most of her time at the health club and the beach. She's attractive,
thin, sports a tan, and wears a bright smile. She and her kids seem
to always look like they stepped out of a catalogue. And usually
when you see them they're on their way to an activity. Kristen took
a leadership role in all their activities: Room Mom in all three
kids classes, teaching Sunday school, Scout Master for the local
Boy Scout and Girl Scout troops, and assistant soccer coach. And
she loves to gather her friends and her kid's friends in her immaculate
home. Other Moms get tired just hearing about all she's doing, but
Kristen just keeps going.
No one would
argue that Kristen is impressive and successful. Yet, inside she
feels empty. Sitting on the couch in my office she cried, "It
isn't enough. Nobody really loves me." I replied, "I think your
family and friends would love you if they knew you. It's time
that you shared your true self with them. Don't try to impress
them so much. Just be yourself, and share some of your struggles
and your inner feelings."
learned was that she wouldn't feel loved and accepted by her family
and close friends until they knew how she felt inside. She wasn't
the seemingly perfect person people saw on the outside. Indeed,
she was a high performer and a good person, but she also was an
imperfect Christian woman, a wife with emotional needs, and a
mother who struggled with her kids at times like any other mother.
In addition to being more honest, she had to start putting limits
on her activities and not worry so much about her accomplishments
and her appearance. Instead she started paying more attention
to her inner self and put more priority on developing her relationships.
Excellence, Not Perfection
Don't misunderstand me by thinking that I encouraged Kristen to
settle for laziness and mediocrity. Quite the contrary, I encouraged
her to strive for excellence. But first she needed to be free
to be herself and to achieve more balance in her life between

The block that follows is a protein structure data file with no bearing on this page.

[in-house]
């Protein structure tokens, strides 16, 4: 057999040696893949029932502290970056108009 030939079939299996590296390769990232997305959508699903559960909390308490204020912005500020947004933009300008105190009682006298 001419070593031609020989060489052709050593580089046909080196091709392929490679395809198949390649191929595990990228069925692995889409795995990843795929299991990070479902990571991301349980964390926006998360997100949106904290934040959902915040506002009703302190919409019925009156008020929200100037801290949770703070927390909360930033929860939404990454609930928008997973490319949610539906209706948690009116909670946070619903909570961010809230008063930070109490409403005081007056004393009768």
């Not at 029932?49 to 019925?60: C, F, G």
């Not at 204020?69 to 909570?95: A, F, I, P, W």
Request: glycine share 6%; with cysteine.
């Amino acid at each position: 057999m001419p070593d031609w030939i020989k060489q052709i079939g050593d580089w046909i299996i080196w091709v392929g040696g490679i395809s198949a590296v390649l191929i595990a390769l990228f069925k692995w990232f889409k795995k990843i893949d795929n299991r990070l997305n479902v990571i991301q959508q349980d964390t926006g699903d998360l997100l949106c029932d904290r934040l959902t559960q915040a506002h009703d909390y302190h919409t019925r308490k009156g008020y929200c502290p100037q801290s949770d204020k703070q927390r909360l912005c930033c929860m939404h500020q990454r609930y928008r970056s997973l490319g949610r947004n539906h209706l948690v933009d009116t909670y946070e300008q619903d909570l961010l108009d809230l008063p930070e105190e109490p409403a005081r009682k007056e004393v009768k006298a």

work and play, accomplishments and relationships. This enabled
her not only to feel better about herself, but also to focus on
what was most important to her and to her family. She decided
to put most of her energy into her home life and into being an
excellent Sunday School teacher and Room Mom and in doing so she
had more to be proud of then ever before. The key to her success
was that she focused on doing an excellent job in what was most
important to her.
often have great trouble with focusing on priorities. They need
to learn not to obsess about minor details, not to get compulsive
about things that are irrelevant or of secondary importance, but
to instead focus on putting their heart into the things that are
most important. By taking a step back from her life to think about
her activity level and her lifestyle and then to reprioritize
Kristen was able to make some adjustments. She learned to spend
less time dressing herself and her kids and more time relaxing
and talking with them at the dinner table. She decided that being
Scout Master and Assistant Soccer coach weren't as important to
her as being involved in her church and her kids' school.
a perfectionist, you too can defeat perfectionism before it defeats
you. By being honest about who you really are and focusing on
what's most important to you you'll find that you enjoy yourself
more and achieve more than ever! Here are ten steps to help you
Defeat Perfectionism with Excellence
- Take a
realistic look at how you're living and how you relate to others
and yourself. Think and pray about the results of the Perfectionism
survey above. (You might need to ask a friend to offer an objective
opinion on this.) Set a goal to rebalance or reprioritize your
life accordingly and get someone to hold you accountable to
that you're imperfect and be honest with those you trust about
your struggles and needs.
- Be balanced.
You're a human being, not a human doing. There is more to life
than what you can accomplish. Family, friends, and fun are important
- Step out
of the performance trap by separating personhood from performance.
You (and others) are loveable and valuable for who you are,
with your unique personality, gifts, dreams, feelings, experiences.
Hold your head high and develop good self-esteem!
"should" on yourself or others. Instead of making demands or
unreasonable expectations on people and yourself take an attitude
of "I would like to›" "I'm going to work towards›." "I'd appreciate
it if you could›"
is half done, so get started on realizing your goals. Don't
let yourself procrastinate on your priority goals or you'll
be moving towards failure.
to do an excellent job at what is most important to you, remembering
that excellent means "very good," not perfect.
- When you're
working on a project remember to enjoy the process.
- When you
do a good job feel proud of yourself. When someone compliments
you say thank you.
that no matter what your past failures and sins may be God loves
you and offers his forgiveness to you through Jesus Christ.
(Read John 3:16, Romans 8:1, and 1 John 1:9.)